Pair Necessities for Wireless Medical Devices



With a number of techniques for linking wireless medical devices, designers have options for ensuring coexistence between multiple instances of the same device.

From smart thermostats to wearables, connected devices are all around us and the medical industry is no exception. However, these technologies present original equipment manufacturers (OEMs) with a variety of challenges when the wireless product is a medical device.

With the increasing amount of wireless devices in-and-around medical facilities, it is critically important that wireless medical devices be able to coexist in this environment. Electromagnetic (EM) emissions from wireless devices can interfere with proper operation. If interference occurs, data transmitted by medical devices could be delayed or lost, potentially interfering with timely communications of critical patient information or device control commands.

Figure 1:  Trimming the OR of some wires could be one outcome as wireless medical equipment gains a foothold.

Figure 1: Trimming the OR of some wires could be one outcome as wireless medical equipment gains a foothold.

Wireless Coexistence

The U.S. Food & Drug Administration (FDA) defines wireless coexistence as the ability of one wireless system to perform a task in a shared environment where other systems in that environment have an ability to perform their tasks and might or might not be using the same set of rules. Although the FDA does not have specific requirements for coexistence testing, the organization has issued guidance for medical device manufacturers to ensure the safety of devices they market titled, “Radio Frequency Wireless Technology in Medical Devices,” issued Aug. 13, 2013.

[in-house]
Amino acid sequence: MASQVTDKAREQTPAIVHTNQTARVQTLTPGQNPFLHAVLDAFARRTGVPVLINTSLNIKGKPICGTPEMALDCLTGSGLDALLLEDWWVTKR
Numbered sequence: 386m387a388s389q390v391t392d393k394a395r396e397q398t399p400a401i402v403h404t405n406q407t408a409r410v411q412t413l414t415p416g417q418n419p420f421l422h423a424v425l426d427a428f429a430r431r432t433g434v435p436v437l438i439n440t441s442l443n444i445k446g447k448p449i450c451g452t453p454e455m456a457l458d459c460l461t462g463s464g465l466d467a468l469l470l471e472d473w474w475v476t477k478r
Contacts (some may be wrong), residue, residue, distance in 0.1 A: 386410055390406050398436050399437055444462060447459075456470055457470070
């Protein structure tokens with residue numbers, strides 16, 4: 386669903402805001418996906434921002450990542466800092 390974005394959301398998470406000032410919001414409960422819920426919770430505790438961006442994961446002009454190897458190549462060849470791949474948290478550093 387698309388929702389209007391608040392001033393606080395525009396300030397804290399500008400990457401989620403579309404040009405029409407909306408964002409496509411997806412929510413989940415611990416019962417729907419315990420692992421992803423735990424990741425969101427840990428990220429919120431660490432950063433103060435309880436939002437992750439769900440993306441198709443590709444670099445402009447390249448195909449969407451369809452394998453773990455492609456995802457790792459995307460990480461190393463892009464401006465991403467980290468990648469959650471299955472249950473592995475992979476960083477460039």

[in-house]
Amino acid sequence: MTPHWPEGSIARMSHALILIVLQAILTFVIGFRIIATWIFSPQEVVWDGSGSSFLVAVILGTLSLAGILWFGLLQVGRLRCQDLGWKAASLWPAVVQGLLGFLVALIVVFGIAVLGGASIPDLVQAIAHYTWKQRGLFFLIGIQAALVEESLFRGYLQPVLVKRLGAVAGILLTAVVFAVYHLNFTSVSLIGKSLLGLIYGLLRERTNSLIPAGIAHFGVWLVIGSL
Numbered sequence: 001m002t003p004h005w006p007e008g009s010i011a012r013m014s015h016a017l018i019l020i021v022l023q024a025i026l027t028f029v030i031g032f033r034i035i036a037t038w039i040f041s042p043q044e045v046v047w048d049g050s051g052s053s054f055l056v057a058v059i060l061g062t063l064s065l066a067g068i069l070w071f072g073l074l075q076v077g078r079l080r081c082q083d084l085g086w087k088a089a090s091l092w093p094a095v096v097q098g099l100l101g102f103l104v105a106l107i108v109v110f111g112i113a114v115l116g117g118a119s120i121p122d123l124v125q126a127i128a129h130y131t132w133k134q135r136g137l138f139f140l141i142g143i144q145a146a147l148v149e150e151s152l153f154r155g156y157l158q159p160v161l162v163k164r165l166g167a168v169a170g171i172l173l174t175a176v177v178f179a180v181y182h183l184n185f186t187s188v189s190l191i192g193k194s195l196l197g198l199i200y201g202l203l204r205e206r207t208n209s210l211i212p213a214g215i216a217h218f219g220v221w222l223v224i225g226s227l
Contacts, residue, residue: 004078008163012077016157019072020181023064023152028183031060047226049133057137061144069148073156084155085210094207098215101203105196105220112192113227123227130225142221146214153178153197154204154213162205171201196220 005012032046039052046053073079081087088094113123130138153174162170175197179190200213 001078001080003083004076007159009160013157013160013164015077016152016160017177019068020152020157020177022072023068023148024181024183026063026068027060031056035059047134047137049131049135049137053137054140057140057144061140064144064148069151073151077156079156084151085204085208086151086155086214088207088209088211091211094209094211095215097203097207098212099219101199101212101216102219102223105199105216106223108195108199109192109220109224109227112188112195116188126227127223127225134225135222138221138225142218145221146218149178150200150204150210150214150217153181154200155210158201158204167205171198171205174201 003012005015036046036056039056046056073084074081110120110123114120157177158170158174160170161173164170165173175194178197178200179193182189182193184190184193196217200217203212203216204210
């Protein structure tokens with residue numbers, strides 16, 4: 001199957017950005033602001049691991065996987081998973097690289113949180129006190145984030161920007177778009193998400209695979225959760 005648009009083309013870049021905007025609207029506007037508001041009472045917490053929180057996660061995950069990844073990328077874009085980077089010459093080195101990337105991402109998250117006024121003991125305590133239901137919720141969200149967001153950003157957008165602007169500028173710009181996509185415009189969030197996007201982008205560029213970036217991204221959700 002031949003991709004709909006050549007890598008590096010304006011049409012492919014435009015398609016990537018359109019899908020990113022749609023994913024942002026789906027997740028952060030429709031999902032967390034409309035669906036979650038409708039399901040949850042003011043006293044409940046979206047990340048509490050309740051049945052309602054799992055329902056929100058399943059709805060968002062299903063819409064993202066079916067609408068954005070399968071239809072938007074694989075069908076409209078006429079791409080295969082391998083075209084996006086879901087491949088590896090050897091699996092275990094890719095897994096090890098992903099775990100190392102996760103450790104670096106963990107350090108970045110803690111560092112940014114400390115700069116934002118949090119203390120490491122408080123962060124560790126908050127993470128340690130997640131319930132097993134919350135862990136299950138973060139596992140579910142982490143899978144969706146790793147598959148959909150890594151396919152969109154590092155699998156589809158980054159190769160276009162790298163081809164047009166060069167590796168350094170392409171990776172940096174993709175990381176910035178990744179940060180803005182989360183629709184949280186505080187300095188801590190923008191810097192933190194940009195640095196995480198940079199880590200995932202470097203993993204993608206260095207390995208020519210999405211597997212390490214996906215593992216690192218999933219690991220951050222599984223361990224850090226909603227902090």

To effectively manage conflicts among wireless signals and minimize disruptions in the shared wireless environment, it is important to take into account other wireless technologies and devices that might be expected to be in the vicinity of the wireless medical device and test for coexistence.

One of the specific scenarios mentioned in the FDA’s guidance document is when multiple units of the subject wireless medical devices will be used in the same vicinity. Consideration should be given to how the association and security between devices is established and maintained to prevent crosstalk. One way to address this issue is to utilize a linking or pairing procedure, whereby one transmitter (or transceiver) is linked or paired to one or more receivers (or transceivers).

Linking Wireless Devices

Unlike a wired device, a wireless receiver has the potential to communicate with any like transmitter within range. With the possibility of multiple instances of both transmitters and receivers within range of each other, it is important to pair each transmitter-receiver pair to ensure that the data being received is from the proper transmitter. Medical device designers have a variety of pairing methods to choose from, each having its own benefits and tradeoffs. Here are some of the possible pairing methods:

“Over-the-Air” Pairing

This method utilizes the same wireless communications channel to pair devices. Typically, the two devices are put into pairing mode, and ID information is transferred/exchanged over the wireless channel. Because it would be possible for multiple units within communications range to be put into pairing mode at the same time, additional confirmation steps should be required to prevent an accidental pairing. This confirmation could vary in complexity, depending on the types of operator inputs and display outputs available on the two devices. It could be as simple as a push button and LED to a more complex solution like entering a PIN code that was displayed on the other device. The more complex the operator interface, the more robust the pairing process can be.